saaahrces such as da History ov Bede, after da invasion ov Britannia,
da Angles spli' up an' founded da kingdoms ov da Nord Angelnen
(Northumbria), Ost Angelnen (East Anglia), an' da Mittlere Angelnen
(Mercia). Confirmashun is afforded by English an' Danish tradishuns
relatin' ter two kings named Wermund an' Offa ov Angel, from whom da
Mercian royal family claimed descen' an' whose exploits are connected
wiv Angeln, Schleswig, an' Rendsburg. Danish tradishun 'as preserved
record ov two governors ov Schleswig, farfer an' son, in their service,
Frowinus (Freawine) an' Wigo (Wig), from whom da royal family ov Wessex
claimed descent. Durin' da 5f century, da Anglii invaded Great Britain,
after which time their name does not recur on da continen' except in da
title ov Suevi Angili.
Our Group 'as generated over 380 million visits ter
aaahr sites since 1999, an' dis is yaaahr oppawtuni'y ter participate
in da success. Join up wiv deese leadin' UK advertisin' sites ter
maximise yaaahr website's viewin' in Britain. Sorted mate.
Following the virtual abandonment of the
Roman city, the area's strategic location on the River Thames meant
that the site was not deserted for long. From the late 5th century,
Anglo-Saxons began to inhabit the area.
There is almost no reliable evidence about
what happened in the London area during the Sub-Roman "Dark Age" period
from around 450 AD to 600
AD. Although early Anglo-Saxon settlement avoided the area immediately
around Londinium, there was occupation on a small scale of much of the
hinterland on both sides of the river. There is no contemporary
literary evidence, but the area must for some time have been an active
frontier between Saxons and Britons.
Early Anglo-Saxon settlement in the London
area was not on the site of the abandoned Roman city, although the
Roman city walls remained intact.
Instead, by the 7th century a village and
trading centre named Lundenwic, was established approximately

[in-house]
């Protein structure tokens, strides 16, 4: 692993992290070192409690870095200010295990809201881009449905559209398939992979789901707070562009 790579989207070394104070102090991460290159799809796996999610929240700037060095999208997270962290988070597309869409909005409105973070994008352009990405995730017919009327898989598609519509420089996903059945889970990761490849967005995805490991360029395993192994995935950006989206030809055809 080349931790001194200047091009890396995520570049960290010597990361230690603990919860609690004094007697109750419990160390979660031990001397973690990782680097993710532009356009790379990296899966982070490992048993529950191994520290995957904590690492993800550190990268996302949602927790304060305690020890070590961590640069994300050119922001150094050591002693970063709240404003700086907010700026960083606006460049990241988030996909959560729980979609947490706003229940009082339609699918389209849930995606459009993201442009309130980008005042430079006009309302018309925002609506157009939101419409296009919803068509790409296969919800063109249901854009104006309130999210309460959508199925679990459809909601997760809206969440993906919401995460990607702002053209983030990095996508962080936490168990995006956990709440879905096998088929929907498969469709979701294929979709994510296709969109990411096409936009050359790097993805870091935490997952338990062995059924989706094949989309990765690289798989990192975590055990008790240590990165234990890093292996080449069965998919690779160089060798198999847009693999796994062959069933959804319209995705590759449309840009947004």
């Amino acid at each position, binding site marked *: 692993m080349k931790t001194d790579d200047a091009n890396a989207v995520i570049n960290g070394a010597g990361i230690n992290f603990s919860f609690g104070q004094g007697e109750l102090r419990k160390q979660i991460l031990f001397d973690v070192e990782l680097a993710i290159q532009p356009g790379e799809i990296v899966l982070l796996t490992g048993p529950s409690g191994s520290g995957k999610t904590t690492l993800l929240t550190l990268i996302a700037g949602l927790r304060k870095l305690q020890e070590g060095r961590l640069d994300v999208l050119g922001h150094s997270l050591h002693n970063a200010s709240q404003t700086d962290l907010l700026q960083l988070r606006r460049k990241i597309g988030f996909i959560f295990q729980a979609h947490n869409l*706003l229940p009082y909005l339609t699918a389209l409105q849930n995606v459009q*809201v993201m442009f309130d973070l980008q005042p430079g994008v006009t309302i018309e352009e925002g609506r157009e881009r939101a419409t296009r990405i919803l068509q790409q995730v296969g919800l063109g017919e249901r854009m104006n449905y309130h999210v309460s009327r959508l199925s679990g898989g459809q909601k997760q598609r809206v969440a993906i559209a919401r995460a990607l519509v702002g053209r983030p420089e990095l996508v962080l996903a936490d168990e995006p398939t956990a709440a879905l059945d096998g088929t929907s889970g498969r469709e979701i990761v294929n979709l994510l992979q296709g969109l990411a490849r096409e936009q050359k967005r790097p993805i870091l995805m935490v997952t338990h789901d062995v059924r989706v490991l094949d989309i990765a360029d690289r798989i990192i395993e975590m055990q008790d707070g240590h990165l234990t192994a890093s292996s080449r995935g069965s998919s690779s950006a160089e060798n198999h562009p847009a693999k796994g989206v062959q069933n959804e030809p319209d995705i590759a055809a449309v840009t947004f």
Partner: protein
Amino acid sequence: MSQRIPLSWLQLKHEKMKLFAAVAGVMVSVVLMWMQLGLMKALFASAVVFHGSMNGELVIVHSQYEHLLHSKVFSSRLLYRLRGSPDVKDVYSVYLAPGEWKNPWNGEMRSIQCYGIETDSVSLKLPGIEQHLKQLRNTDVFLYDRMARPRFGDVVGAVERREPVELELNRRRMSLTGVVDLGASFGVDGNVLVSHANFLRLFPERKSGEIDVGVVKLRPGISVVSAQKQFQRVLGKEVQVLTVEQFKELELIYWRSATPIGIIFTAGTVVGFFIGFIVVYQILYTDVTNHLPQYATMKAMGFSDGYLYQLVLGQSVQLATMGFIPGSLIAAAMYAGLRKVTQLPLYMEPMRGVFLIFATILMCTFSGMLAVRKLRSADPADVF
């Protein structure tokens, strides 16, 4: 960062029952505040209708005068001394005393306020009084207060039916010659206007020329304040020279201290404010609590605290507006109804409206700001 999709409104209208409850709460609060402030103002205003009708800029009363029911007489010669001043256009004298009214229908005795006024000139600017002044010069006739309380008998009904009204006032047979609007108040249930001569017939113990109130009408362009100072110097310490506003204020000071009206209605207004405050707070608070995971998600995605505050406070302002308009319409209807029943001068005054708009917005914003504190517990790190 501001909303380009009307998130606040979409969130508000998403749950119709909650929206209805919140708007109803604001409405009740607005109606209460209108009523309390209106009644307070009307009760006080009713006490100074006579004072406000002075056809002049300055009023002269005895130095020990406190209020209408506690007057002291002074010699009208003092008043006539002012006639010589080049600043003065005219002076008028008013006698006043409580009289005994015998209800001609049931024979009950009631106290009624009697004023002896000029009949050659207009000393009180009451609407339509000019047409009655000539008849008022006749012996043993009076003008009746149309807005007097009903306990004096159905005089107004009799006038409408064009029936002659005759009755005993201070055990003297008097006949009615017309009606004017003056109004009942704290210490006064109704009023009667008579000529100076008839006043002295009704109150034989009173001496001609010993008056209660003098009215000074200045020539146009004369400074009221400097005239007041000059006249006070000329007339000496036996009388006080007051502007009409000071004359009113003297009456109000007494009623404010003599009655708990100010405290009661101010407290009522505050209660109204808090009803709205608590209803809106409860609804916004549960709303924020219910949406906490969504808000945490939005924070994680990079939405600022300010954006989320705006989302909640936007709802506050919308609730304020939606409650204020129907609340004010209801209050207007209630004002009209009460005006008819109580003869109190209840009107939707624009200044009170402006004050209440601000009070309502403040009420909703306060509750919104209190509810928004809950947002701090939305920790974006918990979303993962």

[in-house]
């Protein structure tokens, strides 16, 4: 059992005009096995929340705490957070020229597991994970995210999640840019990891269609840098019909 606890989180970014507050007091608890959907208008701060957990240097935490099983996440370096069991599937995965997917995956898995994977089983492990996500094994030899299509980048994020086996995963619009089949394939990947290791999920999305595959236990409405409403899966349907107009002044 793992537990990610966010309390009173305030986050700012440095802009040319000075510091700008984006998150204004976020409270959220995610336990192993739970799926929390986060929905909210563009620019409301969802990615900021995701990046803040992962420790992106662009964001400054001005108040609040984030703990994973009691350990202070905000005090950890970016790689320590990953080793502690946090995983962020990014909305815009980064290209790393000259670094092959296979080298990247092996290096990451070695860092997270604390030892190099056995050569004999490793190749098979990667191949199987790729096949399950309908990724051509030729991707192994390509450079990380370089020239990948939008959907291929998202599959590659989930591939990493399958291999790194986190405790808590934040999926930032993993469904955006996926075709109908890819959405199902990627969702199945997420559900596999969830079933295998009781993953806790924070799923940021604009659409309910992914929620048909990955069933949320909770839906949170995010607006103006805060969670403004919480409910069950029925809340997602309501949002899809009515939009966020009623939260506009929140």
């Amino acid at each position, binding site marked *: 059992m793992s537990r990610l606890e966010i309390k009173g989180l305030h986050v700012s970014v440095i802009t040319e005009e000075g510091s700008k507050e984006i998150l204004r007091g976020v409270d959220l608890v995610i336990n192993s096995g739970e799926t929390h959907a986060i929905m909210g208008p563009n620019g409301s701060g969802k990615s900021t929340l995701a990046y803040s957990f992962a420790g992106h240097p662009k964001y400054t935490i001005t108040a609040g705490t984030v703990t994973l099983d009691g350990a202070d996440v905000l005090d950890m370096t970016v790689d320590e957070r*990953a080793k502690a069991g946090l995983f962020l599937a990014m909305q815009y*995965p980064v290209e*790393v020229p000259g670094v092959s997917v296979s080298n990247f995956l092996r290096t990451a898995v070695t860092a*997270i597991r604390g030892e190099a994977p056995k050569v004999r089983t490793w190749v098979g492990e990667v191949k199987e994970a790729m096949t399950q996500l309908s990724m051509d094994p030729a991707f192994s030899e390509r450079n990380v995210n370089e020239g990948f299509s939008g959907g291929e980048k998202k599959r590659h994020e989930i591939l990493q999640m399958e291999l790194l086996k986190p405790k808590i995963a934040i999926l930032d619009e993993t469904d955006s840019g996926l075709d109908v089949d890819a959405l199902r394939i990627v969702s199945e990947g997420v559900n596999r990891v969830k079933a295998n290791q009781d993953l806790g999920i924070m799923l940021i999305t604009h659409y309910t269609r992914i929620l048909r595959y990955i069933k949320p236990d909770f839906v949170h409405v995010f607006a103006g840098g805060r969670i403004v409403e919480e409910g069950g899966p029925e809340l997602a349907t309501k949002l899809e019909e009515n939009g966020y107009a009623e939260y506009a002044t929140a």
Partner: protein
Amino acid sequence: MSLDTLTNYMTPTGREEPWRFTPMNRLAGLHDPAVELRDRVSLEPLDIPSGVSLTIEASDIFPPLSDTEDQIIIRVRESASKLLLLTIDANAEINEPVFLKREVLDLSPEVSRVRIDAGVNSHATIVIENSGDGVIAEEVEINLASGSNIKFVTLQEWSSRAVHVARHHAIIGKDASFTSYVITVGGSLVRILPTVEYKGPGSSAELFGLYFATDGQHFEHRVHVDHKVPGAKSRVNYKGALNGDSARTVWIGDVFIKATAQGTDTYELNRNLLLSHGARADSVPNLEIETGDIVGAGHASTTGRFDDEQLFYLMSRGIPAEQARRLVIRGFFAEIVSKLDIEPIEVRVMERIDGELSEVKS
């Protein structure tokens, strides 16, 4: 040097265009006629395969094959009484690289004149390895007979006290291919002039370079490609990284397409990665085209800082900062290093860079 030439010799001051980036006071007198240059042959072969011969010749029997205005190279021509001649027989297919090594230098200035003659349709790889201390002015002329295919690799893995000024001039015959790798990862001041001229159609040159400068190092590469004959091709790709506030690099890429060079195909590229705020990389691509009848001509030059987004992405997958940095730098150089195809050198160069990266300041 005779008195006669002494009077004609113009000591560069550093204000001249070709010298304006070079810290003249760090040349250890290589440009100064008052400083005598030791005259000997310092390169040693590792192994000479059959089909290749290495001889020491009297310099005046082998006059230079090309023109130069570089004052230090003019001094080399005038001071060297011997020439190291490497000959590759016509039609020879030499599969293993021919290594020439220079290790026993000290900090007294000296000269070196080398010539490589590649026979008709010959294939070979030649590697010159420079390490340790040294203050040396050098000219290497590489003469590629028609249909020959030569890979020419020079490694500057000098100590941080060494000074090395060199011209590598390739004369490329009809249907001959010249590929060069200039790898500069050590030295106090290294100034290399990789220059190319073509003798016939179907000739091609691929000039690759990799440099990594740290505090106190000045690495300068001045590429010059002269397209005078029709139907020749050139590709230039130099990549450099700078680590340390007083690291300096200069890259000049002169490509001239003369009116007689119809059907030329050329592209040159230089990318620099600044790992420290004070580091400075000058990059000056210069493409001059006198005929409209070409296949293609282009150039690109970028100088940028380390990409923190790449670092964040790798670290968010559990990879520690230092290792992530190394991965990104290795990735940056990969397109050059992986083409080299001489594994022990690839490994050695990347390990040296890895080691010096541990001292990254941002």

one mile (1.6km) to the west of Londinium (named Lundenburh
or "London Fort" by the Saxons Probably using the mouth of the
River Fleet as a trading ship and fishing boat harbour.
Lundenwic in the early eighth century, was
described by the Venerable Bede as "a trading centre for many nations
who visit it by land and sea". The word "wic" was an Old English word for 'trading town' ,
so Lundenwic literally meant 'London trading town'.
Archaeologists were for many years
puzzled as to where early
Anglo-Saxon London was located, as they could find little evidence of
occupation within the Roman city walls from this period. However in the
1980s it was 'rediscovered' after extensive excavations were
reinterpreted as of an urban character by archaeologists Alan Vince and
Martin Biddle working independently . Recent
excavations in the Covent Garden
area have uncovered the extensive Anglo-Saxon settlement dating back
into the 7th century. The excavations show that the settlement covered
about 600,000 square metres, stretching from the present-day National
Gallery site in the west to Aldwych in the east.
By about 600 AD Anglo-Saxon England had
become divided into a number of small kingdoms (see Heptarchy) From the
mid-6th century, the London area was incorporated into the East Saxons kingdom, which extended as far
west as St Albans and included all of later Middlesex, and probably
Surrey too for a time.In 604 Saeberht of the East Saxons converted to
Christianity and London received Mellitus, its first post-Roman bishop.
At this time Essex owed allegiance to the Bretwalda Ethelbert of Kent, and it was under
Ethelbert that Mellitus founded the first St.
Paul's Cathedral, traditionally said to be on the site of an old
Roman Temple of Diana (although Christopher Wren
found no evidence of this). This would have only been a modest church
at first and may well have been destroyed after he was expelled from
the city by Saeberht's pagan successors in 616. Christianity did not
return until around 675 when Theodore of Tarsus installed St Eorconweald as bishop.
The new town came under direct Mercian
control in c.670 as the East Saxon kingdom of which it had once been
part was gradually reduced in size and status. After the death of the
Mercian king Offa in 796, control of London was disputed between Mercia